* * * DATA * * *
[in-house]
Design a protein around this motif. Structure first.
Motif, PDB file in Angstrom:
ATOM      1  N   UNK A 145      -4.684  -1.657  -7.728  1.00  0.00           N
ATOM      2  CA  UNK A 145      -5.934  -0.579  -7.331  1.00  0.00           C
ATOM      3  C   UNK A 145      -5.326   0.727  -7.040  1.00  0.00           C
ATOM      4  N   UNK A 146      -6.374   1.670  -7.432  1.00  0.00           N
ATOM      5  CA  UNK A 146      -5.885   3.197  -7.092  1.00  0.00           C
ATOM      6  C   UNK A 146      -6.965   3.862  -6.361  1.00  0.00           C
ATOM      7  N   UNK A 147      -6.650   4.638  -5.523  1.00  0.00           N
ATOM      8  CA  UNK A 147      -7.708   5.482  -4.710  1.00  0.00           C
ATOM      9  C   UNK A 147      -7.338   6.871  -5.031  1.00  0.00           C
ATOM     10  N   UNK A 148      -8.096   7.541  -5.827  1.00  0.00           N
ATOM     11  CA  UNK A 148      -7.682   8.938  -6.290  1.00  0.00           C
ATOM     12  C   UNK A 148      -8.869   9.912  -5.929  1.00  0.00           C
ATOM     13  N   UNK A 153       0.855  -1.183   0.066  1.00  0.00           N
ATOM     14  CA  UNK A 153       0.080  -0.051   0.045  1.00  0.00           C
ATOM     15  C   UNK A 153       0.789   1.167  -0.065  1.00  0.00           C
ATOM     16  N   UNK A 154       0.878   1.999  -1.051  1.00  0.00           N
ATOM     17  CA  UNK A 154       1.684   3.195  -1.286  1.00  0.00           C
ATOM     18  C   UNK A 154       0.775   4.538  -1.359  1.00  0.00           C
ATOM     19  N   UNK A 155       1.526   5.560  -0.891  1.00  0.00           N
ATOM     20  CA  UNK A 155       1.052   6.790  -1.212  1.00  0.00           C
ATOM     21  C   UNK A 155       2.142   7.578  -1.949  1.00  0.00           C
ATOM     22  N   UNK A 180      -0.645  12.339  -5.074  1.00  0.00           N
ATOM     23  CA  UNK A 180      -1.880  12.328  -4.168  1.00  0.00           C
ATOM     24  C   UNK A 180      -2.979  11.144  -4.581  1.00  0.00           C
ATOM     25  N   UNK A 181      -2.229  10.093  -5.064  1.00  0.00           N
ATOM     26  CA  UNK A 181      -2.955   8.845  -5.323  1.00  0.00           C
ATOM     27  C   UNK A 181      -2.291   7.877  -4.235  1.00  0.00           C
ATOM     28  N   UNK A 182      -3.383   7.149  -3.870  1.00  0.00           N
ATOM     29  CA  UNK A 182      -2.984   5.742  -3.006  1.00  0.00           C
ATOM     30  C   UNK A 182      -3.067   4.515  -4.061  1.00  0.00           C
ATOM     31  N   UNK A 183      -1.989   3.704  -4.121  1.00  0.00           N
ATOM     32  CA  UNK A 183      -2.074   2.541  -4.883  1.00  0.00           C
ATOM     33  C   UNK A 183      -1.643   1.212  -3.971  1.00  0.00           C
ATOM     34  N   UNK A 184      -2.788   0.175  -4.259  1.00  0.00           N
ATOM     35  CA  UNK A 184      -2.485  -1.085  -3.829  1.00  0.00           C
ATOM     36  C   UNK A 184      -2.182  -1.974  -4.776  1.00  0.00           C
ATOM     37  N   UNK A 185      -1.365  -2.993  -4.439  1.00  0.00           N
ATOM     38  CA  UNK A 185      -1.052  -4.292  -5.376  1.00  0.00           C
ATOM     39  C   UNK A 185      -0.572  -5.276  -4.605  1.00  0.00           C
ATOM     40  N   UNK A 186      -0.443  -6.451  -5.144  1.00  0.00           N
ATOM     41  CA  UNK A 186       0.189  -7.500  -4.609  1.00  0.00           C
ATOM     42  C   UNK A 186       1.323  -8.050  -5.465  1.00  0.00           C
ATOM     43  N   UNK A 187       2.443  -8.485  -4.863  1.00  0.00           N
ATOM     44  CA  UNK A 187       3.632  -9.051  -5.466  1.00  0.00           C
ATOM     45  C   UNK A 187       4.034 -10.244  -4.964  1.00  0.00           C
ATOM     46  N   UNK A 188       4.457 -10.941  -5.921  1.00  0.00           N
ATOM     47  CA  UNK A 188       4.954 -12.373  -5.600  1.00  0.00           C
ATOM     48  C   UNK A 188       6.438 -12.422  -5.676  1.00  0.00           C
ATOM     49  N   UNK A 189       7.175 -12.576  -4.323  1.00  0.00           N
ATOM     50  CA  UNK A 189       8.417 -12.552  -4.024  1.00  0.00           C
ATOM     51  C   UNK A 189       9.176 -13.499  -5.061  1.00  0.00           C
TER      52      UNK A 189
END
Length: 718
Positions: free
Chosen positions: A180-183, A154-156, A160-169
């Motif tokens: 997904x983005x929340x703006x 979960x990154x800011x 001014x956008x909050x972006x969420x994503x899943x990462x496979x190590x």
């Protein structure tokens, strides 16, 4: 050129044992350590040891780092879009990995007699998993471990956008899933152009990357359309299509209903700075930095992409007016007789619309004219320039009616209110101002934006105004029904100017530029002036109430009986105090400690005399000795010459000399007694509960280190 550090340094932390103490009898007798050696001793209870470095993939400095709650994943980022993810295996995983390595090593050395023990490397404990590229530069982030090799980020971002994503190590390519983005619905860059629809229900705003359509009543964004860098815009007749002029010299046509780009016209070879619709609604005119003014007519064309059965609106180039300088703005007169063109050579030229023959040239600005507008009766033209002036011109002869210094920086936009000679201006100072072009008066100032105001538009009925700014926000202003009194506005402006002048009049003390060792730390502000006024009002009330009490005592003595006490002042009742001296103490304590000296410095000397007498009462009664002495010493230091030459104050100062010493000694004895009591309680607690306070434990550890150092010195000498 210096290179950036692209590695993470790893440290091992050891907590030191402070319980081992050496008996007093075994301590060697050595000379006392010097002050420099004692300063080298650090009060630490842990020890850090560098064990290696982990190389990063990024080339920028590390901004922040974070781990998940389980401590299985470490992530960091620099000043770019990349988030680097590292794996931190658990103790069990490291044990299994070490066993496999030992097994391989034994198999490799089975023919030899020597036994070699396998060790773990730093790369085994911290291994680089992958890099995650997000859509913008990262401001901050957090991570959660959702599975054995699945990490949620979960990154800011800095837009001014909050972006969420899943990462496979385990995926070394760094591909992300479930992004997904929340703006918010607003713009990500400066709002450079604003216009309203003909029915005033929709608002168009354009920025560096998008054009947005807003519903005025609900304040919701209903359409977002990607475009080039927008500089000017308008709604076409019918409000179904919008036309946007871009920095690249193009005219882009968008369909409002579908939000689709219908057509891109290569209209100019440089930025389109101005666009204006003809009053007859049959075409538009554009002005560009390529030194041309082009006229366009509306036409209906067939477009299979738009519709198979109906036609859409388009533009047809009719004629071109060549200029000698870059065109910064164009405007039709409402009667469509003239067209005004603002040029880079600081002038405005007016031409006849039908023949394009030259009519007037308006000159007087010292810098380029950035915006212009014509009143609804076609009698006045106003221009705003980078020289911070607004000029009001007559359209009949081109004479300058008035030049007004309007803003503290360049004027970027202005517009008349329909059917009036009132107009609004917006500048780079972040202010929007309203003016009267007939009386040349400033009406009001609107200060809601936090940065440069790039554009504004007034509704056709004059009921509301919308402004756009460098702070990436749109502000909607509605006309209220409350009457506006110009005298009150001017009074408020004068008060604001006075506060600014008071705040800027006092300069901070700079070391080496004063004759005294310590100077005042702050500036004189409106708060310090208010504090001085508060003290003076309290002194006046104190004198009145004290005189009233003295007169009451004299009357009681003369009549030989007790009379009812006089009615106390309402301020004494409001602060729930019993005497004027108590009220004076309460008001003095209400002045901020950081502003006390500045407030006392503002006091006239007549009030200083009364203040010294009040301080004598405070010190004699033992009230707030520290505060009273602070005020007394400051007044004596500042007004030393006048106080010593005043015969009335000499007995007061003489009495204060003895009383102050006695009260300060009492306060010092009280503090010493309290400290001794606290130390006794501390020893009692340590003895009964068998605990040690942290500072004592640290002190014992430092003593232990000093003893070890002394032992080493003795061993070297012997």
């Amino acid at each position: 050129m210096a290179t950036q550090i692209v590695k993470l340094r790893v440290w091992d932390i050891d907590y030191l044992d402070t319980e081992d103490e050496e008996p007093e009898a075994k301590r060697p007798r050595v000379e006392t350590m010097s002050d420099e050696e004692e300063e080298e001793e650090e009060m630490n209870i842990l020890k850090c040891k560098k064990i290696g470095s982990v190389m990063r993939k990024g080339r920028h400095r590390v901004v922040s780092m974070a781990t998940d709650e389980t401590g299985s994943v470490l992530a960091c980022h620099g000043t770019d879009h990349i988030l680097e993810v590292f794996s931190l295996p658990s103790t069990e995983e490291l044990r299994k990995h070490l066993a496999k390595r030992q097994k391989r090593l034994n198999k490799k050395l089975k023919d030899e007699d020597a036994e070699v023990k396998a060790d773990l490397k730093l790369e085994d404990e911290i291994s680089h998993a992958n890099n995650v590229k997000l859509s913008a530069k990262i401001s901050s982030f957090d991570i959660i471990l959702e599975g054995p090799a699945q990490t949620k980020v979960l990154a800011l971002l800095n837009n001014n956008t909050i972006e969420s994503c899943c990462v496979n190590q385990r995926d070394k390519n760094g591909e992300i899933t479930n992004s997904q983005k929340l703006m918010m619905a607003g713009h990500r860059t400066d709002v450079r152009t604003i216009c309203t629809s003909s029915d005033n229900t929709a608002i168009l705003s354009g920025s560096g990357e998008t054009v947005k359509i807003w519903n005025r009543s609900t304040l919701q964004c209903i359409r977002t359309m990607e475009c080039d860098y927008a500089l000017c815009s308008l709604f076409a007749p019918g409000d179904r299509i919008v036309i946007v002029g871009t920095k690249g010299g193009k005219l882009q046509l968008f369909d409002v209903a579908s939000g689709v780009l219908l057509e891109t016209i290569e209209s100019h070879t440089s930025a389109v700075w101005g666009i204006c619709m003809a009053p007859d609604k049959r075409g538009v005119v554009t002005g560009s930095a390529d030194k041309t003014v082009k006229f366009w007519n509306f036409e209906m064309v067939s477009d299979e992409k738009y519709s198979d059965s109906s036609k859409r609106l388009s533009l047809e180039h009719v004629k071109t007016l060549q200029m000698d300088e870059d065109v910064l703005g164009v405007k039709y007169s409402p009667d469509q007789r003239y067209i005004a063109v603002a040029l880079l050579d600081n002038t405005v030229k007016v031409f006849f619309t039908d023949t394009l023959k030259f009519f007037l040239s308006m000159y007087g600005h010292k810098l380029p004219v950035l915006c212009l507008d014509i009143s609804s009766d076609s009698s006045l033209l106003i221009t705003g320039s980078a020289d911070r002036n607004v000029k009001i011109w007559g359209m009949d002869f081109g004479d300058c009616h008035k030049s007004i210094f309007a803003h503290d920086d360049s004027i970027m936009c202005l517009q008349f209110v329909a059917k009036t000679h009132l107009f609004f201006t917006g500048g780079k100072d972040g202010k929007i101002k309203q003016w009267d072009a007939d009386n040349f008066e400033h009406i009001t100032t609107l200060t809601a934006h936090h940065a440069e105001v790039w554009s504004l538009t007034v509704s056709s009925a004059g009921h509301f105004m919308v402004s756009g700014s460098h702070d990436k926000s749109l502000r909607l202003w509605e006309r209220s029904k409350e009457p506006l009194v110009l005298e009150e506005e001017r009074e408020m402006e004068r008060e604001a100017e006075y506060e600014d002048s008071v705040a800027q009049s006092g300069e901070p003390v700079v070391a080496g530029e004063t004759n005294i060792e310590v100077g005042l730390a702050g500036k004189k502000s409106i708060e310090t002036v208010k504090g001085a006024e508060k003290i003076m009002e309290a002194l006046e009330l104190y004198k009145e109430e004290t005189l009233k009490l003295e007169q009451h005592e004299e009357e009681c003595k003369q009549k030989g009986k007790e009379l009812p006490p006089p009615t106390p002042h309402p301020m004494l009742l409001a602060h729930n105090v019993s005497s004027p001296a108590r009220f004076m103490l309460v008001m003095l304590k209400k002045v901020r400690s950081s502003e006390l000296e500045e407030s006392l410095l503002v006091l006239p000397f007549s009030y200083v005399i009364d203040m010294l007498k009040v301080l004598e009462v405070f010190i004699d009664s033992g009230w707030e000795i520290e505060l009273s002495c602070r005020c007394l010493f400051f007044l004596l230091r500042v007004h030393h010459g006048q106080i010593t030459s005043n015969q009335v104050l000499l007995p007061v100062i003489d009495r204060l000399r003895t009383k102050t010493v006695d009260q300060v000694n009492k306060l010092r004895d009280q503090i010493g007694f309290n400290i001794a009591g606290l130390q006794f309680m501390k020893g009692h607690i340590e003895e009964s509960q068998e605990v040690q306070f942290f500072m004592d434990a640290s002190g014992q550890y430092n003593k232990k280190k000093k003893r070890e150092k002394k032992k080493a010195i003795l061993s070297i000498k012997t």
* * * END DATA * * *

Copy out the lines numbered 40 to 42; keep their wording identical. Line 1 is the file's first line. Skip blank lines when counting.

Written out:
ATOM     37  N   UNK A 185      -1.365  -2.993  -4.439  1.00  0.00           N
ATOM     38  CA  UNK A 185      -1.052  -4.292  -5.376  1.00  0.00           C
ATOM     39  C   UNK A 185      -0.572  -5.276  -4.605  1.00  0.00           C